Poetics of Music

The creator’s function is to sift the elements he receives from her, for human activity must impose limits upon itself. The more art is controlled, limited, worked over, the more it is free. As for myself, I experience a sort of terror when, at the moment of setting to work and finding myself before the infinitude of possibilities that present themselves, I have the feeling that everything is permissible to me. If everything is permissible to me, the best and the worst; if nothing offers me any resistance, then any effort is inconceivable, and I cannot use anything as a basis, and consequently every undertaking becomes futile.

Will I then have to lose myself in this abyss of freedom? To what shall I cling in order to escape the dizziness that seizes me before the virtuality of this infinitude? (….). What delivers me from the anguish into which an unrestricted freedom plunges me is the fact that I am always able to turn immediately to the concrete things that are here in question. I have no use for a theoretic freedom.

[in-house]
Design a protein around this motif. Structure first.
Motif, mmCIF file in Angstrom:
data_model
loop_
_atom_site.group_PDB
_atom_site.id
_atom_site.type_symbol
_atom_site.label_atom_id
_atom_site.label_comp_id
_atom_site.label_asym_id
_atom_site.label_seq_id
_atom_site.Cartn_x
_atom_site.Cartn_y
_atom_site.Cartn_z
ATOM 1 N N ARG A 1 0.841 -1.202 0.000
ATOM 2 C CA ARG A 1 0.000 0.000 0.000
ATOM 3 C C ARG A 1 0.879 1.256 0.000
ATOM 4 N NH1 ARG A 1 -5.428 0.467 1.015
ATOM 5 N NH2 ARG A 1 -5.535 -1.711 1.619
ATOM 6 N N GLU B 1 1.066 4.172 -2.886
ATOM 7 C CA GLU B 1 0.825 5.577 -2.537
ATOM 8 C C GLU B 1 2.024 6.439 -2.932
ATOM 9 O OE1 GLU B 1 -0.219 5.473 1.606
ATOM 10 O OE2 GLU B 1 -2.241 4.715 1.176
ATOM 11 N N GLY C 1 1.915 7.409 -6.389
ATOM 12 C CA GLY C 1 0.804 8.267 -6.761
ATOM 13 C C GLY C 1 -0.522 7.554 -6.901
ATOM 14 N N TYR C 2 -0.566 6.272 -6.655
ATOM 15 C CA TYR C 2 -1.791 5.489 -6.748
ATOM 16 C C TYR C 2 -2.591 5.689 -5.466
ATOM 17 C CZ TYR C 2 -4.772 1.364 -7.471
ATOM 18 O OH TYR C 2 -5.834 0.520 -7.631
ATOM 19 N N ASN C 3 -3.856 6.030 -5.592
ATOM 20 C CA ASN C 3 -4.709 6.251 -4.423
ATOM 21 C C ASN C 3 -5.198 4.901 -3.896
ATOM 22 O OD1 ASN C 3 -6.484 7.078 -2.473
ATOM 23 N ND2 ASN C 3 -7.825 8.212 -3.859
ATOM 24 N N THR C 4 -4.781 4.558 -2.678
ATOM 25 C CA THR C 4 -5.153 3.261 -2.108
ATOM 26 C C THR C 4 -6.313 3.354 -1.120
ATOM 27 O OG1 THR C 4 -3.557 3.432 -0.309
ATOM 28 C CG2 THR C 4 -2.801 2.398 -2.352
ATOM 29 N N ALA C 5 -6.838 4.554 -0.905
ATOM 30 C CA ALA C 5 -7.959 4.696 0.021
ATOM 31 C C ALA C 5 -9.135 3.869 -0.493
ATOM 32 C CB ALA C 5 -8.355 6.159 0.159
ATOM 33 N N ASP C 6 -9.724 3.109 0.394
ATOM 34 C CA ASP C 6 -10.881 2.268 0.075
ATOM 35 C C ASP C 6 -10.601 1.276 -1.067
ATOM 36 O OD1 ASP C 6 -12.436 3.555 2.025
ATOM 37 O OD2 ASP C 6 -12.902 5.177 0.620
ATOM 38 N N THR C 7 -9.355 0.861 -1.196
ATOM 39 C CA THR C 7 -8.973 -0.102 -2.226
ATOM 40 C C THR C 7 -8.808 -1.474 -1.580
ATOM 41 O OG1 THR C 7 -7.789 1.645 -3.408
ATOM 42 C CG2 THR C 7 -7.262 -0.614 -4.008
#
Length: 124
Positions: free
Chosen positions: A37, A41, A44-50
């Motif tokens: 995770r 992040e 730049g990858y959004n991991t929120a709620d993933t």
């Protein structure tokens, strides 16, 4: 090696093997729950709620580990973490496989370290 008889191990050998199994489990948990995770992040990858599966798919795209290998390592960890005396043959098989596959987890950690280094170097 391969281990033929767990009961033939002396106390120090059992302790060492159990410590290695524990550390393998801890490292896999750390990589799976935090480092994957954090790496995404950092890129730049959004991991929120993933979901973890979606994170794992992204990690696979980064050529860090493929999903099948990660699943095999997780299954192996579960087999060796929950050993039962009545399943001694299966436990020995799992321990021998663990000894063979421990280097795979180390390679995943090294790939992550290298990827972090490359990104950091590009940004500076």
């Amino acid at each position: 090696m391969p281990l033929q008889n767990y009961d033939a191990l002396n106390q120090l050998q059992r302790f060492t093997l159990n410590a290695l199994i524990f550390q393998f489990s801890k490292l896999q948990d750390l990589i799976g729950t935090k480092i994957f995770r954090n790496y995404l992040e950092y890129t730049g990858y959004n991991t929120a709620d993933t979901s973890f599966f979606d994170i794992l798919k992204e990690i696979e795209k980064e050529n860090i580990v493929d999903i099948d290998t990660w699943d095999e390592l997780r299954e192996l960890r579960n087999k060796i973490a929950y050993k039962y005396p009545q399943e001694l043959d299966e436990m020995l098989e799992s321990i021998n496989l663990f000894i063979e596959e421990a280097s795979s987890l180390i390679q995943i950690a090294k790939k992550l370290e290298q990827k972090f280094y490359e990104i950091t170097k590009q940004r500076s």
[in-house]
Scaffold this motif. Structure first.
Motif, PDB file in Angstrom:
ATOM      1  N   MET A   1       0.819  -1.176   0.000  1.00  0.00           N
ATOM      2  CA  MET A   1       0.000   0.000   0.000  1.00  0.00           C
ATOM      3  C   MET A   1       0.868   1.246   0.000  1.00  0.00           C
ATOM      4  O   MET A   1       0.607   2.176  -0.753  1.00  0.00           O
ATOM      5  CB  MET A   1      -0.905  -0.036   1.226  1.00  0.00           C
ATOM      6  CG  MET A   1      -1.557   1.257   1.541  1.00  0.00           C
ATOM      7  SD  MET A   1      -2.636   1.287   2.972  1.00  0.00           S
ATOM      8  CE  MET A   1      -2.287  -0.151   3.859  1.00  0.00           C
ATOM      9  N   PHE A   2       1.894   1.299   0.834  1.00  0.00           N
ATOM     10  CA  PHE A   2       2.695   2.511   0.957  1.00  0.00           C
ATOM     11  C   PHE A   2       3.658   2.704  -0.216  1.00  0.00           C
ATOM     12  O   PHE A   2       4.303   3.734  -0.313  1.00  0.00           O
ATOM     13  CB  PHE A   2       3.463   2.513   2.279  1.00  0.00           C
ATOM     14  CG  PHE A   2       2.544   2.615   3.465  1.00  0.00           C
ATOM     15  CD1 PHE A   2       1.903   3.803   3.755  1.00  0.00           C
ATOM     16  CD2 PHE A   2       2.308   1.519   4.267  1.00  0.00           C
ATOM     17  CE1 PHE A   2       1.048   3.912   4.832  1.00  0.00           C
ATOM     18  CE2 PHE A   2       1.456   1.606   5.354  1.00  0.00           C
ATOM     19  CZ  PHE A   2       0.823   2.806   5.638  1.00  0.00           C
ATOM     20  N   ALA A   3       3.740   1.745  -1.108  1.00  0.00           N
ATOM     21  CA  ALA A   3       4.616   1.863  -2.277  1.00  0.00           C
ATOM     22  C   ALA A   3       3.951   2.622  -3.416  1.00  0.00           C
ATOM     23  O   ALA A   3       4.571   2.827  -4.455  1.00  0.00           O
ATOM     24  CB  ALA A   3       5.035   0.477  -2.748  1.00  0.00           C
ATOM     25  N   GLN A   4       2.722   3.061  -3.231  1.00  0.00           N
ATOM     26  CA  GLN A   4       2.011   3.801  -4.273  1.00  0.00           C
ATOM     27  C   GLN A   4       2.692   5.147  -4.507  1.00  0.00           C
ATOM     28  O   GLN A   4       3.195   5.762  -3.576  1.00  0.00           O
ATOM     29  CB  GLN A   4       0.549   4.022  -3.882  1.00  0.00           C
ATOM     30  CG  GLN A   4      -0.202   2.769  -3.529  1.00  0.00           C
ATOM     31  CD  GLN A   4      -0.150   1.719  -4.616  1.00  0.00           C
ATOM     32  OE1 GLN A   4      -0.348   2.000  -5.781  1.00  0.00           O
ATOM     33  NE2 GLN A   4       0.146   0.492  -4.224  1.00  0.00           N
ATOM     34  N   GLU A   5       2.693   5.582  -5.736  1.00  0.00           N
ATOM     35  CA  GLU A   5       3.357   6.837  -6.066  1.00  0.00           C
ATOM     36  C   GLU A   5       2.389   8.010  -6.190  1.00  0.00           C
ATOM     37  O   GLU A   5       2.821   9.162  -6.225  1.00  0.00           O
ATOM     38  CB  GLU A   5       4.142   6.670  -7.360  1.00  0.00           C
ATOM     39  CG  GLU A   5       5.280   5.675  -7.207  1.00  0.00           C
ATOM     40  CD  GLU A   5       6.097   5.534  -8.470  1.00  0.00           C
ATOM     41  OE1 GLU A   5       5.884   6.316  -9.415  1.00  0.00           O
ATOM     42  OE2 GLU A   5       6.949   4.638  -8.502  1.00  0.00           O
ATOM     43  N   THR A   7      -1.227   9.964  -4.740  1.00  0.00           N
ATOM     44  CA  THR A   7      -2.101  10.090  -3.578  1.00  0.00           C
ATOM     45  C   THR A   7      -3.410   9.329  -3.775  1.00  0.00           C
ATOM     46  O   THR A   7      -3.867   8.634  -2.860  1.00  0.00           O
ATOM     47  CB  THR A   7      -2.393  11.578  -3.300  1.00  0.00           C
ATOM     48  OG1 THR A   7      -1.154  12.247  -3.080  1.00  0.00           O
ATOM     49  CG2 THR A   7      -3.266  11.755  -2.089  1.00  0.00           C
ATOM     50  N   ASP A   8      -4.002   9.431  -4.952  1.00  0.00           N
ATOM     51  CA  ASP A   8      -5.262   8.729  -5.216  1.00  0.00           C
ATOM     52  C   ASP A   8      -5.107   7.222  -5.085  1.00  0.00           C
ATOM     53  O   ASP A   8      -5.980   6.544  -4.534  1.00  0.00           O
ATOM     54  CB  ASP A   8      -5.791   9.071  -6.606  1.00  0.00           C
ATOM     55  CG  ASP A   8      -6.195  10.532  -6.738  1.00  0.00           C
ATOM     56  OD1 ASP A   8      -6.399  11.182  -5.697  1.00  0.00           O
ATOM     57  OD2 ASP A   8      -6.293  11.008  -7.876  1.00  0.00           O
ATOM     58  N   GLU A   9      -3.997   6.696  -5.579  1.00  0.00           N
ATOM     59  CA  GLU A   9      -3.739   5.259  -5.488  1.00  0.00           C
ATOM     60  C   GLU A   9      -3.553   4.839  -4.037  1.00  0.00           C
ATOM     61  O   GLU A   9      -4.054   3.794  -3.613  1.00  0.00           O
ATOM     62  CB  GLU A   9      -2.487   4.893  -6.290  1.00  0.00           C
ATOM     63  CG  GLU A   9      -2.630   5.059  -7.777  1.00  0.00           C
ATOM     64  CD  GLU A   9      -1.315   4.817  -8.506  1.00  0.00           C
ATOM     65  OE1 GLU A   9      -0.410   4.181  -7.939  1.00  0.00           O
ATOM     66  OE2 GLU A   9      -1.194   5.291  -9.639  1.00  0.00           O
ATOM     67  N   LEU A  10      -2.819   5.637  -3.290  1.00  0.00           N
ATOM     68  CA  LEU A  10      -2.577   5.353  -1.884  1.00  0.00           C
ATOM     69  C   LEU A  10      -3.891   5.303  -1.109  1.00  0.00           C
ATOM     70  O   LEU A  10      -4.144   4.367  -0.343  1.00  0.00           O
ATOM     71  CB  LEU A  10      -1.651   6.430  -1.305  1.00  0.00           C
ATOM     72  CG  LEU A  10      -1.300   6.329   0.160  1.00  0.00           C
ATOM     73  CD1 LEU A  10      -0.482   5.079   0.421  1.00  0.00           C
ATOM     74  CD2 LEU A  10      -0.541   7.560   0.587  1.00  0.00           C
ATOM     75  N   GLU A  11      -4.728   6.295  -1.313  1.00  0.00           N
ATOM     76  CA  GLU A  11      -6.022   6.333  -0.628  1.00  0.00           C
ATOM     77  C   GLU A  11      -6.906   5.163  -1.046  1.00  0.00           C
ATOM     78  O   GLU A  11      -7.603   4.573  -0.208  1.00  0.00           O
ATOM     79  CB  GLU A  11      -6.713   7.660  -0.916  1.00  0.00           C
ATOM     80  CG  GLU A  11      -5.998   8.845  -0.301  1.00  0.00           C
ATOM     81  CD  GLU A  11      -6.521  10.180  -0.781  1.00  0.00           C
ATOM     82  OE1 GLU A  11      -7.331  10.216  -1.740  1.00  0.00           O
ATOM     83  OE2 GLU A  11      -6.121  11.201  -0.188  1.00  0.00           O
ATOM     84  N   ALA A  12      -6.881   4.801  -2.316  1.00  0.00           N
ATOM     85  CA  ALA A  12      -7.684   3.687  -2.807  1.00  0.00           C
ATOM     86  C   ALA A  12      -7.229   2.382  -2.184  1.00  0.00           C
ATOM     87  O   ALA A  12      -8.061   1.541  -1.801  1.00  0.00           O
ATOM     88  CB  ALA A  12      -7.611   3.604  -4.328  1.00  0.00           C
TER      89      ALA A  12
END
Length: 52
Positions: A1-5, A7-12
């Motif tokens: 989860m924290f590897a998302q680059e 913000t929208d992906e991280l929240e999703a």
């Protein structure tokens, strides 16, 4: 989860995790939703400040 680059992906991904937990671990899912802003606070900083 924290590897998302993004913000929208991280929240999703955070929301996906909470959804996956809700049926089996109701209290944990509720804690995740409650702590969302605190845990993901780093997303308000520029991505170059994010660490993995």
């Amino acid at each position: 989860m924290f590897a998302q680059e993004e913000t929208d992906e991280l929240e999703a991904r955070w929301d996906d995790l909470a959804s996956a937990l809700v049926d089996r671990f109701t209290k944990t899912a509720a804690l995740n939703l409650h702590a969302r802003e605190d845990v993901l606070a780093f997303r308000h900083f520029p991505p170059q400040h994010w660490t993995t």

(…)

Well, in art as in everything else, one can build only upon a resisting foundation: whatever constantly gives way to pressure, constantly renders movement impossible. My freedom thus consists in my moving about within the narrow frame that I have assigned myself for each one of my undertakings.

(…)

To the voice that commands me to create I first respond with fright; then I reassure myself by taking up as weapons those things participating in creation but as yet outside of it; and the arbitrariness of the constraint serves only to obtain precision of execution. From all this we shall conclude the necessity of dogmatizing on pain of missing our goal.

If these words annoy us and seem harsh, we can abstain from pronouncing them.

Igor Stravinski. Poetics of Music. 1947. Harvard University press. Cambridge

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